When believe something is true about ourselves, we act on that belief and that action then confirms and reinforces that belief. This becomes a powerful “feedback loop” that us gives us our identity.
So the question is what do you believe about yourself? Because that belief will ultimately determine your destiny.
Recently I met with a client who was struggling with what he called an addictive personality. He said he was susceptible to being addicted to pretty much everything, alcohol, drugs, extreme sports, gambling, he even said that he could be addicted to jeeps. So I went to the whiteboard and drew this illustration.
I pointed to the middle circle and asked, who are you? He couldn’t answer that. So I explained that nature (and our psyche) abhors a vacuum. If we are unsure about our identity then we will fill it with whatever distracts us from the pain of living with that vacuum. The outer circles represent all the areas of our life and these too will be defined by the inner circle. So if we have labeled our self an addict then these other areas will be contorted to reflect that definition. The inner circle thinking will be expressed through the outer circles.
If you want to change your experience of life you must change the way you think about yourself.
So what beliefs should fill that inner circle? What is ultimately true of me? This depends on where you find your authority. If what you believe about yourself is solely a product of your own invention then you can pretty much make up any “truth” and put it in that inner circle. The problem with this method is we have no real assurance that what we are saying about ourselves is true and functional. In essence, we are making it up as we go along with no confidence that it will ultimately lead to a meaningful life. Another challenge is that many of us have been “programmed” with beliefs about ourselves that are decidedly dysfunctional and cause us a lot of pain. Separating ourselves from these toxic beliefs is very hard and made even more difficult if we don’t have an objective reference point to work from.
It is like the man said at the end of his life; “I have spent my whole life climbing the ladder of success only to find out it was leaning on the wrong building”.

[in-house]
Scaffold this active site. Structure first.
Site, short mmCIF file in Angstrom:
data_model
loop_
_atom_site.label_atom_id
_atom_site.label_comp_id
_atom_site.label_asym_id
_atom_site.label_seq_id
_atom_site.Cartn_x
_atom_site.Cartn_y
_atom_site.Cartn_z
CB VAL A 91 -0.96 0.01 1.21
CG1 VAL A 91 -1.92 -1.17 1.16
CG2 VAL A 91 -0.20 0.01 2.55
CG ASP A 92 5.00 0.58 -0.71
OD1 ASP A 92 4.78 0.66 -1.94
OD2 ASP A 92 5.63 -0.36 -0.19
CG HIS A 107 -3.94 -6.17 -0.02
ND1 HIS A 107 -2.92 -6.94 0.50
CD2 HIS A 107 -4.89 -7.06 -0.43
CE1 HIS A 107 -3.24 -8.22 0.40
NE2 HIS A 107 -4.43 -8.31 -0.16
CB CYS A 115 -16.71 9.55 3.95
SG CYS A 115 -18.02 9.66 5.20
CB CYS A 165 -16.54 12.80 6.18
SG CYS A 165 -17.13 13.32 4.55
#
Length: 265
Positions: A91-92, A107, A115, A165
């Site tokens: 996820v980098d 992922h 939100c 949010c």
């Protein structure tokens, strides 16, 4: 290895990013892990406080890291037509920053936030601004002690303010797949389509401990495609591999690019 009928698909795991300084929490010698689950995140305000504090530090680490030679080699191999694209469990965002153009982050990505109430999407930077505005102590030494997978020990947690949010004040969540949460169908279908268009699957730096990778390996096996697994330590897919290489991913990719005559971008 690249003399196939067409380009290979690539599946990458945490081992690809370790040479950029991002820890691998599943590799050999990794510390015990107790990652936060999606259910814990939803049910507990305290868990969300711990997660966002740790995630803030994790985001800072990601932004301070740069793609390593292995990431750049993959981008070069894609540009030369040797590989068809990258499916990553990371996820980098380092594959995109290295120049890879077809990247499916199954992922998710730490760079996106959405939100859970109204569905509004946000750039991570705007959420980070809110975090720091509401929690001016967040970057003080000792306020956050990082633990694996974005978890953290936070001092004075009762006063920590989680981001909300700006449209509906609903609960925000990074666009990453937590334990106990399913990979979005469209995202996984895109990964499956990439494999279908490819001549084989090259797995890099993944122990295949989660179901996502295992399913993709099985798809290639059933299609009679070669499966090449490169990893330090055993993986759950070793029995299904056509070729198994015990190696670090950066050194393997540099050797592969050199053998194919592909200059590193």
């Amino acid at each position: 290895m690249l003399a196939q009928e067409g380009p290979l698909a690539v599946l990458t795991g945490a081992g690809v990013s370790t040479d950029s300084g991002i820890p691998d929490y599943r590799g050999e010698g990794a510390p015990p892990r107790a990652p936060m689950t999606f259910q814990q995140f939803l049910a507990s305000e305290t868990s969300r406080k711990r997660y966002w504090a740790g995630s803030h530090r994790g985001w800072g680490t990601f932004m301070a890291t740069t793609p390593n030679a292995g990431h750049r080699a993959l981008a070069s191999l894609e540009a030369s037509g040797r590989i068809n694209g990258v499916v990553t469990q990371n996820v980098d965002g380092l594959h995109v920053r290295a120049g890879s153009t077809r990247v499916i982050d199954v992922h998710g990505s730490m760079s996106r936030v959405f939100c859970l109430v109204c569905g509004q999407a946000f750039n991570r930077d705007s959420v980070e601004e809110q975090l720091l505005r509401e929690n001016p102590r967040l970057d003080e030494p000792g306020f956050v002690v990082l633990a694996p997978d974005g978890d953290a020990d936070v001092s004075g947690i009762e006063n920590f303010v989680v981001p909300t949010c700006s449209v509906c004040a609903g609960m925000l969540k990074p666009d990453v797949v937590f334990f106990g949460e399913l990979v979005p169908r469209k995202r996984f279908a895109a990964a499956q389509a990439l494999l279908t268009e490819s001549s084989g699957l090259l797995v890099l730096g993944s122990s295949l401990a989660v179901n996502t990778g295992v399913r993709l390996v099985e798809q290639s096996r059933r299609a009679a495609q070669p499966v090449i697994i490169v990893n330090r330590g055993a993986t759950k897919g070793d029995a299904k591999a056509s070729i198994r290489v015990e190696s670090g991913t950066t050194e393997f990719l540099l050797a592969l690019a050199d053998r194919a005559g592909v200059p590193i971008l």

An authoritative reference point is essential for developing an identity that will produce the best possible life. But what reference point should we choose? There are many religions and philosophies vying to become the prophet of truth to our generation but I propose that there is really only two at the present time that has risen to the top and is presently locked in mortal combat. This is the Judaeo Christian World View and the Humanistic/Autonomous World View. The latter worldview is grounded in Darwin’s theory and taught in our public schools and universities while the former worldview is the foundation for our nation and western culture. Let me briefly compare and contrast the two.
The Humanistic model is derived from Darwin’s theory and assigns value to an individual in proportion to their ability to adapt to their environment and successfully propagate. (Survival of the fittest) Success is measured by the ability to pass our DNA to another generation and therefore overcome rivals. If we lose this ability to adapt or help others adapt we decrease in value. There is no higher purpose or authority to which we can appeal and find our worth beyond the “law of the jungle”. Therefore, compassion, kindness, and empathy are not preferred traits unless they in some way serve to further the species and can be argued (and often is) a weakness that must be eliminated. (see Nietzsche) We ultimately are left to scratch and claw to the top of the value heap and hope we can remain there. But this is a tenuous philosophy because inevitably, someone stronger (and therefore with greater utilitarian value) comes up the other side to knock us off.